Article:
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Getting Smells Out of Ice Skates

by
author image Nicole Vulcan
Nicole Vulcan has been a journalist since 1997, covering parenting and fitness for The Oregonian, careers for CareerAddict, and travel, gardening and fitness for Black Hills Woman and other publications. Vulcan holds a Bachelor of Arts in English and journalism from the University of Minnesota. She's also a lifelong athlete and is pursuing certification as a personal trainer.
Getting Smells Out of Ice Skates
Look out, smelly skates ahead. Photo Credit Ryan McVay/Digital Vision/Getty Images

You might impress the judges with your skills out on the ice but they probably wouldn't be very impressed with the stench coming from your skates once you take them off. If you're having issues with stinky ice skates, it's not a huge surprise given the cold, damp conditions your feet experience while out on the ice. To curb the problem, try one of these approaches.

Insoles

The first thing to try is removing the offending odors. Often the stinkiest part of the boot is the part that is absorbing all your foot's sweat, namely the insole resting at the bottom of your skate's boot. These insoles are often removable. Grab the heel end of the insole and pull up gently to remove the entire insole from the boot. Then replace that old, stinky insole with a new, clean one.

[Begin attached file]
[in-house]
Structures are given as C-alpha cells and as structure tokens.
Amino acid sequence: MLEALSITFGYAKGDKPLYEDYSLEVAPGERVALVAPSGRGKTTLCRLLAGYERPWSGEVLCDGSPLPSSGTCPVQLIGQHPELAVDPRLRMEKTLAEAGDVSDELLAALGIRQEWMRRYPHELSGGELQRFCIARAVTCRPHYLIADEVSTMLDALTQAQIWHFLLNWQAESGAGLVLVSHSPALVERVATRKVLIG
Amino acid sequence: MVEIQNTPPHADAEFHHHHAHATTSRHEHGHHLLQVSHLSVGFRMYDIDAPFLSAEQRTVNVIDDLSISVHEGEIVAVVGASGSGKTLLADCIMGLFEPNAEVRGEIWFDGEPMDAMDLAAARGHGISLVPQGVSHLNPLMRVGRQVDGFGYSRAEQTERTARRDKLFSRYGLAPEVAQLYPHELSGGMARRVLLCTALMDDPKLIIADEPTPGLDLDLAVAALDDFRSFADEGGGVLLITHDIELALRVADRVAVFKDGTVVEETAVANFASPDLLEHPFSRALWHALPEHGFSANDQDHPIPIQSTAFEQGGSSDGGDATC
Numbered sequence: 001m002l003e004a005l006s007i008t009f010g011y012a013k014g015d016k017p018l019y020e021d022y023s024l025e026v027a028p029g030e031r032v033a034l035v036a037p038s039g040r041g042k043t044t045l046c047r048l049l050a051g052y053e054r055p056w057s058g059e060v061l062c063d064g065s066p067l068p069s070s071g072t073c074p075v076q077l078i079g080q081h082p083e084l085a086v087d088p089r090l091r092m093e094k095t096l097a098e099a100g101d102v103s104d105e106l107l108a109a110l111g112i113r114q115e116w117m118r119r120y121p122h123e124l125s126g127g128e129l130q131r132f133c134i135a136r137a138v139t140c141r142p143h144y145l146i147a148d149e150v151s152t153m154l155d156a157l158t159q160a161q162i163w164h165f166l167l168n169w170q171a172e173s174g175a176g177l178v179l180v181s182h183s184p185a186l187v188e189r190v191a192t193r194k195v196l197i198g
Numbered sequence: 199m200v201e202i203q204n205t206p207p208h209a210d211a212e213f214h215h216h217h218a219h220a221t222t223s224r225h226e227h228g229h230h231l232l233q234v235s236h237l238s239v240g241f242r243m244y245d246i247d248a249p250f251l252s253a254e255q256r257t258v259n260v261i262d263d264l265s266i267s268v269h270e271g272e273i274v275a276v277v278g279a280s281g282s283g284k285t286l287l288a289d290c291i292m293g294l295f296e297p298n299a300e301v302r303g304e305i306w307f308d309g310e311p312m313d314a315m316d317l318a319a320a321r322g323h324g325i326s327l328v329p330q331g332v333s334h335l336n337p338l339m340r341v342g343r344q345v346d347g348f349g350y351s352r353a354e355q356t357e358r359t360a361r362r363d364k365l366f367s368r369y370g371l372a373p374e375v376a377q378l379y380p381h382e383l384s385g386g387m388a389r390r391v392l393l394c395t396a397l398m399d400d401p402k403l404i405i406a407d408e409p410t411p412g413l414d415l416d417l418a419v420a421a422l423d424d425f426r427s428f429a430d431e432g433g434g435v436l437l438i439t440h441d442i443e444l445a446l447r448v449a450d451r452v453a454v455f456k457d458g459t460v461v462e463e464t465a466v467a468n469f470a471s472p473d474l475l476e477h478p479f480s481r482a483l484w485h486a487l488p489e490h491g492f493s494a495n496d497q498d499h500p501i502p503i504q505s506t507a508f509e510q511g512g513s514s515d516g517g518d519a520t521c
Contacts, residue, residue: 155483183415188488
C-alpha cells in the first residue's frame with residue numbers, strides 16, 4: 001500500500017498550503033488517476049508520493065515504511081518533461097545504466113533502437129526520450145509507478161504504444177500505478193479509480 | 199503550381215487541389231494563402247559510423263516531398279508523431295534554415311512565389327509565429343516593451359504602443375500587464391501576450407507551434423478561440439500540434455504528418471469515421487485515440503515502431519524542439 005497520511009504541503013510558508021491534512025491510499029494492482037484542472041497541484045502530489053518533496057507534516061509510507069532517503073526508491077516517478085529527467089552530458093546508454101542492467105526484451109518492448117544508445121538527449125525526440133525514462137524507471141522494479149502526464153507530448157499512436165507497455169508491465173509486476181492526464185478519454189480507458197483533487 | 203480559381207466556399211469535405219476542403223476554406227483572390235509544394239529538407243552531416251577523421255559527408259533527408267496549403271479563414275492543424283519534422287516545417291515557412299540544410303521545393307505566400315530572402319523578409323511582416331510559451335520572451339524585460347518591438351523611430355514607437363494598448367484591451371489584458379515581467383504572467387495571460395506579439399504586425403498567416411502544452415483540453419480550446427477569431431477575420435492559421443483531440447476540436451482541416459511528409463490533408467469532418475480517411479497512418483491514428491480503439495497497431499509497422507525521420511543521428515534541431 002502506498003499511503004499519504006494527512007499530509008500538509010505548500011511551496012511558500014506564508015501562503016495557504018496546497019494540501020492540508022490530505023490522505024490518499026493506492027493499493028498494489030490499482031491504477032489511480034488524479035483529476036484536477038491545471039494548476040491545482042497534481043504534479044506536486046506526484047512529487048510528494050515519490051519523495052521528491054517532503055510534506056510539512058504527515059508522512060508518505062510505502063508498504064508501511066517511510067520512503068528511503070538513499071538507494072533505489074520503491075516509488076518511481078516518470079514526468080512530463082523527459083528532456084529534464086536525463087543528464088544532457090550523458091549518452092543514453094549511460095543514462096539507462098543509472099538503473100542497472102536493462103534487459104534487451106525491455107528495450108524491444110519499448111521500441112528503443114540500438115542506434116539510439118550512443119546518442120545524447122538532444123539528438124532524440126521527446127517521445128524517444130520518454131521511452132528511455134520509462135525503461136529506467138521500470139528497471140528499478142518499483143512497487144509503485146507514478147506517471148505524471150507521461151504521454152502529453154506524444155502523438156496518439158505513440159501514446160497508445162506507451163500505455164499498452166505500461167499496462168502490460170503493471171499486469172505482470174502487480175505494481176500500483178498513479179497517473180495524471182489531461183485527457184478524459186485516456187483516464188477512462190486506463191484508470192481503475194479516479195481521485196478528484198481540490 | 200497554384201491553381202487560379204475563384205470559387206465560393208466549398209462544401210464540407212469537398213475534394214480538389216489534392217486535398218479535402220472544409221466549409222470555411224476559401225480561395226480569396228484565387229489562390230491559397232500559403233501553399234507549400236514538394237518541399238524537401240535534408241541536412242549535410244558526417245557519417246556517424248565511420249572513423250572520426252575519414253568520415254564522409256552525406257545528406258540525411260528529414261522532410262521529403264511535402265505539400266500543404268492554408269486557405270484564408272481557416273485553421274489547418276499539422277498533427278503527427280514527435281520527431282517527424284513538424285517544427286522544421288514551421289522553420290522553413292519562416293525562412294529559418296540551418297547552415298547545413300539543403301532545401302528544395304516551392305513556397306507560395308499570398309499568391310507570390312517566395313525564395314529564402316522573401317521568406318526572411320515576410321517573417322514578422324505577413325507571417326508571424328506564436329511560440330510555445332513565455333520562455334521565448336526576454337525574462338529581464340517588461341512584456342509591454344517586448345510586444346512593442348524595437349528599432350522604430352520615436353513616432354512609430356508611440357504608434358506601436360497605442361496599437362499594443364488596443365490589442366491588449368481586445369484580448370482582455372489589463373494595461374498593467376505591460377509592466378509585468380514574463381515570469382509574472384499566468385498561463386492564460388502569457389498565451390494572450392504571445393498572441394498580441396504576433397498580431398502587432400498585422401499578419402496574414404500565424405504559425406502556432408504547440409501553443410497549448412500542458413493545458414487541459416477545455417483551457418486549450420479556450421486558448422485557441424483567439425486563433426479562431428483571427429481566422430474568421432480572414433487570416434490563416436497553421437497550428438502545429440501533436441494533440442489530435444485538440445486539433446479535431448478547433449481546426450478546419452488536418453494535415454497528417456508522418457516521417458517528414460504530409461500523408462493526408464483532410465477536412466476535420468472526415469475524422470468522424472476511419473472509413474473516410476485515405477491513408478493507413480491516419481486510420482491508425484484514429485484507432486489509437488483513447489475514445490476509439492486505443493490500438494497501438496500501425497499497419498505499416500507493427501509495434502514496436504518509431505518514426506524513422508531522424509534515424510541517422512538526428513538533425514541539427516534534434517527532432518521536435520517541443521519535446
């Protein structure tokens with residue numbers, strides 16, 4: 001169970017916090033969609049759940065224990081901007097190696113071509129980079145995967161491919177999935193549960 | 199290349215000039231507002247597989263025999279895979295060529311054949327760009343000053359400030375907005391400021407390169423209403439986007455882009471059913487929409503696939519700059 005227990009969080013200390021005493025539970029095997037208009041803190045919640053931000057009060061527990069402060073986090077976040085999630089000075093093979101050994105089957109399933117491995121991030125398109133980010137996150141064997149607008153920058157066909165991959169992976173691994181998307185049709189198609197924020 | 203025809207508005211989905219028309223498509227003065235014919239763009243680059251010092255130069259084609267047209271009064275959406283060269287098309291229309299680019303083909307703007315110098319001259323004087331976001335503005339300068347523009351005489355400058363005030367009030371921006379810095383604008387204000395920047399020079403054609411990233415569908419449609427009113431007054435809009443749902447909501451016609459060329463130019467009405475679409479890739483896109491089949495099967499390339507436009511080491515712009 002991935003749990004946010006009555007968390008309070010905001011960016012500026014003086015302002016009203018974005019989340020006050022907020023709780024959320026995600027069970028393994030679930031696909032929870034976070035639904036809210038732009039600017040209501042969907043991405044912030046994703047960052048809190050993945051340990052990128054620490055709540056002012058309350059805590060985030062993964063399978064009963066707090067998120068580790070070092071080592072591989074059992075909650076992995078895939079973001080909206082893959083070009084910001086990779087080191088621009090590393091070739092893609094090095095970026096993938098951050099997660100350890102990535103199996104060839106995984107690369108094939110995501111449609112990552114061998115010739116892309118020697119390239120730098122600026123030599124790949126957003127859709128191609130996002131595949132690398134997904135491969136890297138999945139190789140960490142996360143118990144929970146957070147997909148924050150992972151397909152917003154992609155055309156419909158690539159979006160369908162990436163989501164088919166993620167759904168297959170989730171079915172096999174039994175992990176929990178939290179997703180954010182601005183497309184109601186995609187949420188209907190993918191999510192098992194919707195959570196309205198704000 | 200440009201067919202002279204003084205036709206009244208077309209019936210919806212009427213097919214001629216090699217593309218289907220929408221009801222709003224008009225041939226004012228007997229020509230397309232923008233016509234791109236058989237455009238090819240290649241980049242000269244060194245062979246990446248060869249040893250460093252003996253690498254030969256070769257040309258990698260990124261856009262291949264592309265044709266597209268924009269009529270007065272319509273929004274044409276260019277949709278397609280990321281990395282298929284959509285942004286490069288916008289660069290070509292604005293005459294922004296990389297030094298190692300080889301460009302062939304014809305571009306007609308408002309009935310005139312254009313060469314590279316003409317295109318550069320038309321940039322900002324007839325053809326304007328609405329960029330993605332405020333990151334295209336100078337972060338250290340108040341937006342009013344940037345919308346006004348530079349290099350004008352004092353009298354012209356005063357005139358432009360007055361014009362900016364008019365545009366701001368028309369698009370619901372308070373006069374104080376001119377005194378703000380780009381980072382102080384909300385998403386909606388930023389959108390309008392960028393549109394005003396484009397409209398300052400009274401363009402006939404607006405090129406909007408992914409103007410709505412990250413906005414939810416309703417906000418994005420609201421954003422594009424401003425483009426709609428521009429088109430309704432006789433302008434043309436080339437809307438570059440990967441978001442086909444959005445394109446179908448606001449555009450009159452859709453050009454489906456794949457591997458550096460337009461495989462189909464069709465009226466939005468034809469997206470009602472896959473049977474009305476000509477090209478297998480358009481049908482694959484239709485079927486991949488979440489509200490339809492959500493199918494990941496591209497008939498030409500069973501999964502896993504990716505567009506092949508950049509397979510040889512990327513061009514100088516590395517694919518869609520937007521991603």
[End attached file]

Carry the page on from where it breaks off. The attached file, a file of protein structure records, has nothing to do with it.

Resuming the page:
Odor Removers

Another thing to try is an odor remover that works to absorb the odorous molecules that are causing you so much dismay. You can purchase any number of odor-eating products, stick them inside the boot and then enclose the entire boot in a garbage bag for a couple days. If you don't want to spend the money on expensive products, try making your own odor-eater with baking soda, silica gel or borax. Put a half cup of the material in a clean white sock, tie off the sock to keep the odor-eating substance inside, and then place the sock in the skate's boot. To speed up the odor-eating process, again enclose the entire boot in a plastic bag for a couple days.

Sunlight

Another simple home remedy that doesn't cost a dime is sunlight. Putting the skates in the open air with the laces loose or removed and the tongues open wide can help air out the skates, as well as provide heat and sunlight that will dry them out and help carry off odors. On that note, always make sure to dry out your skates completely after use. Moisture can lead to mold, mildew and rot that is not going to help your cause. Place the skates near a heater, or in a pinch, stick the nozzle of a hair dryer down the boot.

Foot Care

Your sweaty feet are the source of some of that foul odor because of fungus and bacteria that may be harboring on them. To cut down on excess sweating that can lead to stinky boots, wear socks made of breathable materials such as cotton or lightweight wool as opposed to polyester, nylon or acrylic socks or tights. If you spend a lot of time each day skating, consider changing your socks in the middle of your workout. If you're showing signs of athlete's foot, talk to your doctor about a medical solution to stop fungal overgrowth that can lead to stinky feet, shoes and skates.

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